Tuesday, April 27, 2010

Questions For the Tea Party

Something that's been bugging me a lot of late ...

Those who consider themselves members of the Tea Party movement are, admittedly, a fascinating lot; they obviously make for good television (why else do their rallies and protests constantly show up on news stations, no matter how nonsensical their arguments?).

But substantively, what drives the Tea Party?

The movement's followers will say they're simply protesting "Big Government," defending their freedoms and liberties from an out-of-touch federal government that, depending on who you talk to, wants to kill Grandma and take away your guns and tax you all the way to the poor house.

Never mind the fact that March's passage of health care reform has not killed a single senior citizen, those who want to own guns still can and taxes have actually gone down for the majority of Americans since President Obama took office.

I can't help but wonder ... if the Tea Party -- a conservative/libertarian movement that has become an unofficial, if awkward, bedfellow to the Republican Party -- is so worried about the federal deficit and massive government spending, where was this movement during the previous administration?

You know, George W. Bush, who took a massive budget surplus from Bill Clinton and turned into a huge deficit before handing things off to Obama? The same President Bush who cut taxes for the super-rich without cutting spending, who created a loophole that left senior citizens on Medicare to pay more in prescriptions and started two wars that have exhausted so much of our nation's financial supply.

Where were the big government protests when Bush sent us into Iraq under false pretenses? Or does the Tea Party consider defense spending to be sacred, since some in the conservative movement apparently thinks arguing against war is unpatriotic?

Think of what we could do with half the money we've poured into Iraq.

Secondly, while the Tea Party will tell anyone that its purpose has nothing to do with race -- and to some degree, that might be true -- why are there so many who carry signs comparing the current President to Hitler, or hoisting signs depicting Obama as a witch doctor, or even implying eventual violence?

If your ire has nothing to do with race, why all the venom toward Obama specifically? Particularly when the facts do not support the movement's arguments.

More specifically ... if the Tea Party is out to protect this country's citizens from the massive overreach of Big Government, then where's the outrage to the new immigration bill in Arizona? As Washington Post columnist Eugene Robinson put it, the new bill is the very definition of government's vast overreach, so where's the outrage?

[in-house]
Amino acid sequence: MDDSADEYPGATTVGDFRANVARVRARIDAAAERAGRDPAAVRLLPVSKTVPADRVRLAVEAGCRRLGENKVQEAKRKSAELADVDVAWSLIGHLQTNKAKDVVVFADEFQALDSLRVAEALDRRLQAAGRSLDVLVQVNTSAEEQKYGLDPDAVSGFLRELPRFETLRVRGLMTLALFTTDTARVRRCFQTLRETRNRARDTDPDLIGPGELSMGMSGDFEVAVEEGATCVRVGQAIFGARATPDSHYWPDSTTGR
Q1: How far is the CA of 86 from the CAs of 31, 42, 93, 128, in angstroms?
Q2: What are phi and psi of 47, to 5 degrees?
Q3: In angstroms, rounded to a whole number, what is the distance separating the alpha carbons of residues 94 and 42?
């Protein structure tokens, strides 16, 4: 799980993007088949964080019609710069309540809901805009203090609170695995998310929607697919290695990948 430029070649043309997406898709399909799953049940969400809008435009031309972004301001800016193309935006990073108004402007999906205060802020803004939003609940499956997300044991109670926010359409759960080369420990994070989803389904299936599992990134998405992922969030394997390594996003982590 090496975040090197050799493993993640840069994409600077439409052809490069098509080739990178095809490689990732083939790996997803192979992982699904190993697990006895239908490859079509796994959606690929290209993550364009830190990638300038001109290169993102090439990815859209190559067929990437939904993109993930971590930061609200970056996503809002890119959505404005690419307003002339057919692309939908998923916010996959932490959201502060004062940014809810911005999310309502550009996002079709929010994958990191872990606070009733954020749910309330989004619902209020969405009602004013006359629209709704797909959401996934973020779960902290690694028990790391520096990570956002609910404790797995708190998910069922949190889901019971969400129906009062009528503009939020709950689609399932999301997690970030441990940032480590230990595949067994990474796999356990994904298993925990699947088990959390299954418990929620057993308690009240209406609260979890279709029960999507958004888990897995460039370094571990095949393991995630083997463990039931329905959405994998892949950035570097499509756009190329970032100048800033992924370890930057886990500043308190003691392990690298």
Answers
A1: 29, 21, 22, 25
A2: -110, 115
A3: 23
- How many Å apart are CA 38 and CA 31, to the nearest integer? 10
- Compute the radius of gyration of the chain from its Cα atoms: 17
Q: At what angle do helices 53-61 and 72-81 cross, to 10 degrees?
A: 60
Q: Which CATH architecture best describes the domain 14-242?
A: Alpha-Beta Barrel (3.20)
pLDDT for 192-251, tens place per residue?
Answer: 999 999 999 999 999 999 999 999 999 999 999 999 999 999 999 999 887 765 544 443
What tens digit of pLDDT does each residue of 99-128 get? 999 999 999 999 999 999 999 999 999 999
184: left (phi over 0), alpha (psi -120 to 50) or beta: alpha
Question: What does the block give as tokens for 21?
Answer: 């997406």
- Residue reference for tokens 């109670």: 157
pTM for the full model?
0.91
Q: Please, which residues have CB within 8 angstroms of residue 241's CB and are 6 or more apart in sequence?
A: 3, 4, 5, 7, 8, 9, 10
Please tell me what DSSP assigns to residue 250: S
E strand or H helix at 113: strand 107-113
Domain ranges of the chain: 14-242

Or does the Tea Party only want the government to leave white people alone? Based on the movement's widespread disdain for the president, I'm inclined to think that might be the case. Yet the reality still exists: there is no more dangerous overreach of government than requiring its citizens produce proof of their citizenship based on "reasonable suspicion."

In case you're wondering, darker skin or an accent that sounds anything but American can be fall under "reasonable suspicion." Which is not only horribly hypocritical, given the immigrant history of this country, but it's also dangerously unconstitutional.

But to go by the Tea Party, this bill might be okay; it's giving Americans access to quality, affordable health care is unconstitutional.

Then again, what do you expect from a movement that misrepresents a historical event in acquiring its namesake? The Boston Tea Party in 1773 was a revolt against a vast, overreaching government entity, but there are stark differences between that event and what today's movement represents.

The colonists were being taxed by England without having a voice of their own in the government -- you know, the whole "taxation without representation" thing -- but today's Tea Party movement has a voice in government. Not only can these citizens write, call and email their Senators and Representatives -- not to mention the White House, the governors of their respective states and other elected officials on the state and local level -- the Tea Party followers, just like every other American citizen registered to do so, can vote.

In elections.

If you don't like an incumbent, vote them out. If you prefer one candidate over another, you vote for that person. Whoever gets the majority of votes wins. That's how America works.

There is no taxation without representation -- unless you live in D.C. and you want a seat in the House of Representatives. So the Tea Party movement's invocation of Dec. 16, 1773 is historically inaccurate, if not slightly disingenuous.

Then again, what do you expect from a movement who compares the democratically-elected President to the leader of Nazi Germany?

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